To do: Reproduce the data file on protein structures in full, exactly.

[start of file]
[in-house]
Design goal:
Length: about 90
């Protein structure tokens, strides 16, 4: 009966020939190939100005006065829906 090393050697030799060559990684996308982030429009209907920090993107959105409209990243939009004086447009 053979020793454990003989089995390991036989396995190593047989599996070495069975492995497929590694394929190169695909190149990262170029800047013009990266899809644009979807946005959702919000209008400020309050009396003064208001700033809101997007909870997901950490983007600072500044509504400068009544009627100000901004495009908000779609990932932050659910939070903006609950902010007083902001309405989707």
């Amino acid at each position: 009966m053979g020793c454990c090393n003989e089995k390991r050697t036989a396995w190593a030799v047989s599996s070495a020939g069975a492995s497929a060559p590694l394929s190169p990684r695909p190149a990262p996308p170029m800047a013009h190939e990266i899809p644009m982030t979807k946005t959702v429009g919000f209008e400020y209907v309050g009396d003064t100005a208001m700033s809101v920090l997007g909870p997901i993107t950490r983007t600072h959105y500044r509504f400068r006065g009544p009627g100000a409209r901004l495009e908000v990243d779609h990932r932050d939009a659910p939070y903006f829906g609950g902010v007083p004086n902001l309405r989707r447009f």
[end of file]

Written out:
[in-house]
Design goal:
Length: about 90
């Protein structure tokens, strides 16, 4: 009966020939190939100005006065829906 090393050697030799060559990684996308982030429009209907920090993107959105409209990243939009004086447009 053979020793454990003989089995390991036989396995190593047989599996070495069975492995497929590694394929190169695909190149990262170029800047013009990266899809644009979807946005959702919000209008400020309050009396003064208001700033809101997007909870997901950490983007600072500044509504400068009544009627100000901004495009908000779609990932932050659910939070903006609950902010007083902001309405989707």
């Amino acid at each position: 009966m053979g020793c454990c090393n003989e089995k390991r050697t036989a396995w190593a030799v047989s599996s070495a020939g069975a492995s497929a060559p590694l394929s190169p990684r695909p190149a990262p996308p170029m800047a013009h190939e990266i899809p644009m982030t979807k946005t959702v429009g919000f209008e400020y209907v309050g009396d003064t100005a208001m700033s809101v920090l997007g909870p997901i993107t950490r983007t600072h959105y500044r509504f400068r006065g009544p009627g100000a409209r901004l495009e908000v990243d779609h990932r932050d939009a659910p939070y903006f829906g609950g902010v007083p004086n902001l309405r989707r447009f």